November 25: Rough weather, icebergs, deploying the ROV
November 25, 2006
On board the RV Yuzhmorgeologiya
Steaming through the Bransfield Strait
It has been an extremely busy day! The weather has begun to deteriorate, but in this case that means returning to its norm. Fortunately the seas are still calm enough to permit transport by Zodiac, so Andrew, Del and I returned to the Korean base for another visit to the penguin colony and to use their Internet connection. The rest of the team was involved testing the newly acquired Remotely Operated Vehicle (ROV). Dr. Dziak has generously offered to relate today’s experiences with you.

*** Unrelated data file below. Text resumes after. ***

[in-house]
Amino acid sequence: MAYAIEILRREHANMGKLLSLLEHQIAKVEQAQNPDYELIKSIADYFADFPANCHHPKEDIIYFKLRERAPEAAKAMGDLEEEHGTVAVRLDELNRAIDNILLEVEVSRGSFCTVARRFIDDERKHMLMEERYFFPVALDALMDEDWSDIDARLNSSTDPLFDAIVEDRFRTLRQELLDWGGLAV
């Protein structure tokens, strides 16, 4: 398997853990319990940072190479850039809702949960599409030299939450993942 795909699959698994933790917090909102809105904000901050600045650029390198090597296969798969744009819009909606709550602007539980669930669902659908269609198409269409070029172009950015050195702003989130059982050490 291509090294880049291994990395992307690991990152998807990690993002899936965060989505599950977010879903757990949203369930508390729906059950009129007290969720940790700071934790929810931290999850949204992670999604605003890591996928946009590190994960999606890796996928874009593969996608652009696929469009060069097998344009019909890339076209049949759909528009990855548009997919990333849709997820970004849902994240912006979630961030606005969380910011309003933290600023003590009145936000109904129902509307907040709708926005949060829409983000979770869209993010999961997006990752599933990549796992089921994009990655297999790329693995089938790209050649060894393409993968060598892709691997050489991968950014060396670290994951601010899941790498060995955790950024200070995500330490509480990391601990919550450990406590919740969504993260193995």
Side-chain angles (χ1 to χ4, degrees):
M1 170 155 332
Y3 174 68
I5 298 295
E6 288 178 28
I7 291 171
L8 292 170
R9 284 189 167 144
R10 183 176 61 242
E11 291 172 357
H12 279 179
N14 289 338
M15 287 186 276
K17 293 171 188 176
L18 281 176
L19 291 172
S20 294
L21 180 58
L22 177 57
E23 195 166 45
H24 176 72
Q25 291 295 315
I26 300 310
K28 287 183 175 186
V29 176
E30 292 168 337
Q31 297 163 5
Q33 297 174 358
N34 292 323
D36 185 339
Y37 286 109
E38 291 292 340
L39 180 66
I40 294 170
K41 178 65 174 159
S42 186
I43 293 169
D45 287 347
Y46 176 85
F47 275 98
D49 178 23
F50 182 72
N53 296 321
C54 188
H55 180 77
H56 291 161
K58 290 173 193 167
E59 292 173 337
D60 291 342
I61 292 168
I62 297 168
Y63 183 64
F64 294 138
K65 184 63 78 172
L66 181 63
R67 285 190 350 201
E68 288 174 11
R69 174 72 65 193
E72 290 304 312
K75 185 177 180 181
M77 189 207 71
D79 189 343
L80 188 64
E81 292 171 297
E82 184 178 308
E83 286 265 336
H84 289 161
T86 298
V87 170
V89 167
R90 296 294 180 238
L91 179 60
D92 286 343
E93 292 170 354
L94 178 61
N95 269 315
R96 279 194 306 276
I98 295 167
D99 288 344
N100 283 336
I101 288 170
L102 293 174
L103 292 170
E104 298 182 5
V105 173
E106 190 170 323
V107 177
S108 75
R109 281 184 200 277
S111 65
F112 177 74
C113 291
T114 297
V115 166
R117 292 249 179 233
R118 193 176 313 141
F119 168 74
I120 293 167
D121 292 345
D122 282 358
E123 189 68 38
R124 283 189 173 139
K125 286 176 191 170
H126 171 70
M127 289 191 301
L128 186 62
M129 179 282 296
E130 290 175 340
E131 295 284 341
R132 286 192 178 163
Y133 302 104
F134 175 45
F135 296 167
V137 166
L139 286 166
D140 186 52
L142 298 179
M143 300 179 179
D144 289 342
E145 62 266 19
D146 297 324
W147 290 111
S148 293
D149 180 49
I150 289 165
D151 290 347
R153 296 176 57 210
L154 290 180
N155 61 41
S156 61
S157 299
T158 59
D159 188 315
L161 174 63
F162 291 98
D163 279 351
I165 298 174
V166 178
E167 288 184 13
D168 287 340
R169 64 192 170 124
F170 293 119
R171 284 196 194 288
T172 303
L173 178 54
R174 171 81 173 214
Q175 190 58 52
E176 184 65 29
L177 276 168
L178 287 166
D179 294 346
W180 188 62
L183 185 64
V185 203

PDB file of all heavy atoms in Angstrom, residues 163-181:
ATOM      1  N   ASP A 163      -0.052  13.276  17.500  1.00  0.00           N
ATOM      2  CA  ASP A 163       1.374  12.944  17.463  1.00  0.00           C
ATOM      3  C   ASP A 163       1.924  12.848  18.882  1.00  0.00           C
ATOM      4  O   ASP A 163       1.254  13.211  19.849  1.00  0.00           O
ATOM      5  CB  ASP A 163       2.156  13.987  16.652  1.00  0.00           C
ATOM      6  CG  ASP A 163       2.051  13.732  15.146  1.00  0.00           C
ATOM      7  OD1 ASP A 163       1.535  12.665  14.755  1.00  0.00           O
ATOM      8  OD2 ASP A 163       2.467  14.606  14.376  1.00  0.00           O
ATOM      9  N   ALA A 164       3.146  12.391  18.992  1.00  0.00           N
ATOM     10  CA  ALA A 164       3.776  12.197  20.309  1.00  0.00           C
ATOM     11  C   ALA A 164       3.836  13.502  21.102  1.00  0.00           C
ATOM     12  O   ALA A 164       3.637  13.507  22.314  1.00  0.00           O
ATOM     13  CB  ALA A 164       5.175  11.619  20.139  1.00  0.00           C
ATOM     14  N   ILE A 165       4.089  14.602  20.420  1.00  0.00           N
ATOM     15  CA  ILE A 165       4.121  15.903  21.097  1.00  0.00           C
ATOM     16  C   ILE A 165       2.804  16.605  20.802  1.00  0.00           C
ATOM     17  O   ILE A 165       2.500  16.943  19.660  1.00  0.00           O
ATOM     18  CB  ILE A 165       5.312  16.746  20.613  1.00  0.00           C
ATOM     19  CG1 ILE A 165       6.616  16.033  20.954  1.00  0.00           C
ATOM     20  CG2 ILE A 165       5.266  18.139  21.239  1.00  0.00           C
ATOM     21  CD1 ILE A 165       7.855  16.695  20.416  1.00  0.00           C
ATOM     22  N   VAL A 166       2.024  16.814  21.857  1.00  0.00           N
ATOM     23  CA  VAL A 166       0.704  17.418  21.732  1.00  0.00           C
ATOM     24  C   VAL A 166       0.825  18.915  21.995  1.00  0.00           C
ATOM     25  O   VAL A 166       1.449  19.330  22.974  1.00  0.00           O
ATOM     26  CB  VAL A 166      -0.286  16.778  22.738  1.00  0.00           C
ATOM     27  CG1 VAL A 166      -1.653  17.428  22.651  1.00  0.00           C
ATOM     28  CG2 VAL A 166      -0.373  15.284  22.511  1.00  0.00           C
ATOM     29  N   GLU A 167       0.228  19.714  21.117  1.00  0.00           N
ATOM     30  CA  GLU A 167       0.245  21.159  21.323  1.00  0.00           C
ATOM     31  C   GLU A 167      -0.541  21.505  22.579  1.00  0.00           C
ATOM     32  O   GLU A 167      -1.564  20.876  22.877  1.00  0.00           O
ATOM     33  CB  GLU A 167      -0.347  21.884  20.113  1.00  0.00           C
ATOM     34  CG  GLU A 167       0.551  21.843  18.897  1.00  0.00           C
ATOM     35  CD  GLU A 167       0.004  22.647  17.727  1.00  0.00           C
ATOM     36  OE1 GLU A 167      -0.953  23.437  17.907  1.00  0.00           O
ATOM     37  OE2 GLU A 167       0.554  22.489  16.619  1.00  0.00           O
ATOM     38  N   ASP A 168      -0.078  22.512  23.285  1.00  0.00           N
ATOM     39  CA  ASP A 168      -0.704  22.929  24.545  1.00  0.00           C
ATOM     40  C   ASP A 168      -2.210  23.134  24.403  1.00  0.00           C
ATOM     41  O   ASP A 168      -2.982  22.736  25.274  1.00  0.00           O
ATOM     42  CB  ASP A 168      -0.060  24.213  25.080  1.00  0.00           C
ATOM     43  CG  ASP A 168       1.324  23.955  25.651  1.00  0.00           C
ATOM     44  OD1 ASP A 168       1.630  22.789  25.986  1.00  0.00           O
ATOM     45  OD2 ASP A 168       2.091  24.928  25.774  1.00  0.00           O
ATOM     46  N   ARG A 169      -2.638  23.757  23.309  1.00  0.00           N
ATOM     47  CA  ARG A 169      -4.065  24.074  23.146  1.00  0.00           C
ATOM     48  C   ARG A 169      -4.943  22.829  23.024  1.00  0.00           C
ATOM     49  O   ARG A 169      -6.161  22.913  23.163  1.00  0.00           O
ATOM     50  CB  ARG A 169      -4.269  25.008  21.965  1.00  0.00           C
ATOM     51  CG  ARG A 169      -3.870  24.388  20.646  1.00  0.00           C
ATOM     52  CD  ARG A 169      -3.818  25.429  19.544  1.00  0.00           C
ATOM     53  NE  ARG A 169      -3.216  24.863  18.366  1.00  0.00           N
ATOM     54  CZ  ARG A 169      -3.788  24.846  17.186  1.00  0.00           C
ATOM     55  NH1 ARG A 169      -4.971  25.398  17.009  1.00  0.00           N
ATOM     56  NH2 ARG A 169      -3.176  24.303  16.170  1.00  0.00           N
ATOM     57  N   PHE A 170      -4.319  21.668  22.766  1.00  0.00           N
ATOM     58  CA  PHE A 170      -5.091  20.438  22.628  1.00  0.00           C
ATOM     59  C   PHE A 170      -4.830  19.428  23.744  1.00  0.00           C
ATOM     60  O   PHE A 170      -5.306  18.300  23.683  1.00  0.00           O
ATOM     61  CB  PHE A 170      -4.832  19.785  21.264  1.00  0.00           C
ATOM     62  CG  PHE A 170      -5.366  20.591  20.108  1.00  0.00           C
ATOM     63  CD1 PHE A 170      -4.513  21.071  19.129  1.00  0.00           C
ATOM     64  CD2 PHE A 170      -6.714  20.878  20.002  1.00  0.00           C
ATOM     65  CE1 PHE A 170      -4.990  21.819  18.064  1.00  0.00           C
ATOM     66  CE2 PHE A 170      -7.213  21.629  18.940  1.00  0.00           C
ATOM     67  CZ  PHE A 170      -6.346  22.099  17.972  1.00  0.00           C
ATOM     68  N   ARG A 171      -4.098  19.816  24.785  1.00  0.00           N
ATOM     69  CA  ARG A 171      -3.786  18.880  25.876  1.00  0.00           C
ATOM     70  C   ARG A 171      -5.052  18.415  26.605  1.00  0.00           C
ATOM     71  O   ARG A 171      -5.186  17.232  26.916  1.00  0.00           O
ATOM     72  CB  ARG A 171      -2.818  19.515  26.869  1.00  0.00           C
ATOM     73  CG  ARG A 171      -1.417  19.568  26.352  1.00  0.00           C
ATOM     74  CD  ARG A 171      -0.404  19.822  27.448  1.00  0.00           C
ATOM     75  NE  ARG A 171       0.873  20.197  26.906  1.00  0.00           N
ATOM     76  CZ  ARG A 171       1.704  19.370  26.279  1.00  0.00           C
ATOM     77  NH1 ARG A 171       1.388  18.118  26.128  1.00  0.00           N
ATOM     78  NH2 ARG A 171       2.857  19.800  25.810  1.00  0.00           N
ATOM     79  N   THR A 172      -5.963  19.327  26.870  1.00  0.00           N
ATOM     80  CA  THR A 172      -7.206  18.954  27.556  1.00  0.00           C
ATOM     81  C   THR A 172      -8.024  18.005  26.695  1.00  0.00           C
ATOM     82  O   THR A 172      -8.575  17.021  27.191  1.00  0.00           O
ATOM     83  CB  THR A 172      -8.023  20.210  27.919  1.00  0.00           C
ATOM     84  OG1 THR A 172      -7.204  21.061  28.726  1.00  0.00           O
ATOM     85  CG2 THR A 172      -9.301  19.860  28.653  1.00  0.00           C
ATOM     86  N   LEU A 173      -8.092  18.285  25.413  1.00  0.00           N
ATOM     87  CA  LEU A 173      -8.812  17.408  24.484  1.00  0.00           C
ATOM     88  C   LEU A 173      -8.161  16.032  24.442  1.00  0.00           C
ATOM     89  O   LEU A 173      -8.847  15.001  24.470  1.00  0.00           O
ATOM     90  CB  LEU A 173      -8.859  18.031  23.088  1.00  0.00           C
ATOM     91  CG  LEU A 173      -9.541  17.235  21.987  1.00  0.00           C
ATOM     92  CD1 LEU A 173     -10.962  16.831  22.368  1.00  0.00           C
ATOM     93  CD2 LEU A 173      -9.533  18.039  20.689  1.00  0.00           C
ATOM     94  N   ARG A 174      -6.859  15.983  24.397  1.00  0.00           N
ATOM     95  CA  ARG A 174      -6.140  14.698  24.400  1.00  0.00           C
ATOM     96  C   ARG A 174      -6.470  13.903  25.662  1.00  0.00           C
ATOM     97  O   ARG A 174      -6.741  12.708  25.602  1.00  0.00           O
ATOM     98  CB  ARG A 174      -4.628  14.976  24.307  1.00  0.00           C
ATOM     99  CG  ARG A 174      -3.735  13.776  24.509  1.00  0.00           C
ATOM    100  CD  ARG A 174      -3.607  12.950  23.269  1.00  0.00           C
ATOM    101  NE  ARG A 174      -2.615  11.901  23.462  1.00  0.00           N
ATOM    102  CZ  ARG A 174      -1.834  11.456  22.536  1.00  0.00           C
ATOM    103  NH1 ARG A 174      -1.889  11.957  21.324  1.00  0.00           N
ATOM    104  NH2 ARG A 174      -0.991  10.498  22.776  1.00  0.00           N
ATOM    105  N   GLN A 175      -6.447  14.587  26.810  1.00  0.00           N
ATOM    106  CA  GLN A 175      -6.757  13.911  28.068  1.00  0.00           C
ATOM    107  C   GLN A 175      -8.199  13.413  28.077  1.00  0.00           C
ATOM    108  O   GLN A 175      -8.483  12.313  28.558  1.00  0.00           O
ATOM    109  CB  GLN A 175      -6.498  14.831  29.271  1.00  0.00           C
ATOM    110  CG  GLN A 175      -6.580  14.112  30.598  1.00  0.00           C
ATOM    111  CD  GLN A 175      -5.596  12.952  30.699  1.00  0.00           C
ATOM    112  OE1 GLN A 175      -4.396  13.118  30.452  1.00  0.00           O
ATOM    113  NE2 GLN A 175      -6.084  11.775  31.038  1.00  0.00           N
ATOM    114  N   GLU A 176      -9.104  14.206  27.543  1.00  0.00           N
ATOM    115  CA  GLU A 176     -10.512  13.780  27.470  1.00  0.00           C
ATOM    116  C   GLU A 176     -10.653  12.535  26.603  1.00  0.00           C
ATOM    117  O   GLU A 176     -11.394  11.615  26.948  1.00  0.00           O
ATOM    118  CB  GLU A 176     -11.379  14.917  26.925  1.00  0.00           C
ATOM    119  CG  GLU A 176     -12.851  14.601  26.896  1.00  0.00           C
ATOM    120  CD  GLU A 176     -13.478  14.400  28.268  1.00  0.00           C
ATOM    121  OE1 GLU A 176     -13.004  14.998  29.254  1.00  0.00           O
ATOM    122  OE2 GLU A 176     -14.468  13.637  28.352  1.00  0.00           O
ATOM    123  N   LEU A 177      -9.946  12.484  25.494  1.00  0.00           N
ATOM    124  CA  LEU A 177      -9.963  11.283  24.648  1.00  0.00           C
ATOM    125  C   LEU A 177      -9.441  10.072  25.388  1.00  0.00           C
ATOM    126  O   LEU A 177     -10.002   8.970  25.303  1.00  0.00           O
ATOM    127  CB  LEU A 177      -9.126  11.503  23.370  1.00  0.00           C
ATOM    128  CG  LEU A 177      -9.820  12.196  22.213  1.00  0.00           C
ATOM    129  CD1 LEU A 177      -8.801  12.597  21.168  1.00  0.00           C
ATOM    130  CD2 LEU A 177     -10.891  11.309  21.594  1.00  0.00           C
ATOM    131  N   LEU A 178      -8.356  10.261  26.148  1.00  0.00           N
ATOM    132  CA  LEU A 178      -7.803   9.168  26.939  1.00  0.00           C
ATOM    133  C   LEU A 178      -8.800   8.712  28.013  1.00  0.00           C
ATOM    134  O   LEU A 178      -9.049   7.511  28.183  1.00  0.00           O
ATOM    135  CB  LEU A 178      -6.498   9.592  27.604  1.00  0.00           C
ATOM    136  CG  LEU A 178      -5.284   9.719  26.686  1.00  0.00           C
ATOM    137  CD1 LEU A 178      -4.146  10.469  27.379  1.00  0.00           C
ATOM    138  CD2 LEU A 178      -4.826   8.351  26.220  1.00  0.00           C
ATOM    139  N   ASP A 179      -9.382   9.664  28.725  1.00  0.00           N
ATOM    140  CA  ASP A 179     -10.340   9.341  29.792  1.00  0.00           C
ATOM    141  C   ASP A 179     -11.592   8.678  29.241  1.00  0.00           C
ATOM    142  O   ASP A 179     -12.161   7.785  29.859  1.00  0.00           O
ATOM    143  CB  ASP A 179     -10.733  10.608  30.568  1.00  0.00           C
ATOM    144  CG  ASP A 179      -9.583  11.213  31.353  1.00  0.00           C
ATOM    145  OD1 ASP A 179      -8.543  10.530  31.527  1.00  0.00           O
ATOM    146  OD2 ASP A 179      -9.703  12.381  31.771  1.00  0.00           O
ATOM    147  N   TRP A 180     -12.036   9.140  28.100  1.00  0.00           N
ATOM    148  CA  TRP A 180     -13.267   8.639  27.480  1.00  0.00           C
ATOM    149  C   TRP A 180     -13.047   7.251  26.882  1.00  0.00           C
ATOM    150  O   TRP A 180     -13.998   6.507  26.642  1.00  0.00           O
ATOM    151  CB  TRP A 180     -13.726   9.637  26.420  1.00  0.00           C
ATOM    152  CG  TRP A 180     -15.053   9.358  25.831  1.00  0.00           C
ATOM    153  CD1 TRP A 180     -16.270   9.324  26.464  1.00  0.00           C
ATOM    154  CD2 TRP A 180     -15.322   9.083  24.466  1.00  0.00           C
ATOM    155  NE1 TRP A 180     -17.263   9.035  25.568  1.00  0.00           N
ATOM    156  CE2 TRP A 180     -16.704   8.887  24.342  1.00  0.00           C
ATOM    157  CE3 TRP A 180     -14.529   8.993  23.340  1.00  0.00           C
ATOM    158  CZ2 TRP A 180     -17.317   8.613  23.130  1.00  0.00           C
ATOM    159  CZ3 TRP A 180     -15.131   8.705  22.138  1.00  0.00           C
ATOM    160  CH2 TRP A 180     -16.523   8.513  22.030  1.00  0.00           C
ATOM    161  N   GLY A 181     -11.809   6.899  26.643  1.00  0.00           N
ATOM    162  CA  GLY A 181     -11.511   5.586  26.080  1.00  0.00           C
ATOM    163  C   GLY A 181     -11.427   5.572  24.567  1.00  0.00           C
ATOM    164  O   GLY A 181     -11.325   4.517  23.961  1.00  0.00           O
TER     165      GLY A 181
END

Bob Dziak writes: The ship has been anchored near the Korean Antarctic Base in Marion Cove for the past two days, but we plan to continue our hydrophone mooring recovery this afternoon. With the morning free, we decided to do a test deployment of our Remotely Operated Vehicle (ROV) in the iceberg-laden bay. The Koreans sent one of their Zodiacs to the ship, and we loaded our equipment and scrambled down the 20 ft high rope ladder into the inflatable. The seas were choppy because of a sustained 20-knot wind, but we zoomed off to the nearest iceberg some 10 minutes from the ship. Onboard the Zodiac from the Sounds of the Southern Ocean Expedition were Haru Matsumoto, Joe Haxel, and myself to handle the ROV work. Kate Stafford also came along to deploy our portable hydrophone to record the sounds of ice noise and marine mammal calls in the cove. The Zodiac was expertly driven by Mr. Yu from the Korean polar base who saw to it our work was safely accomplished.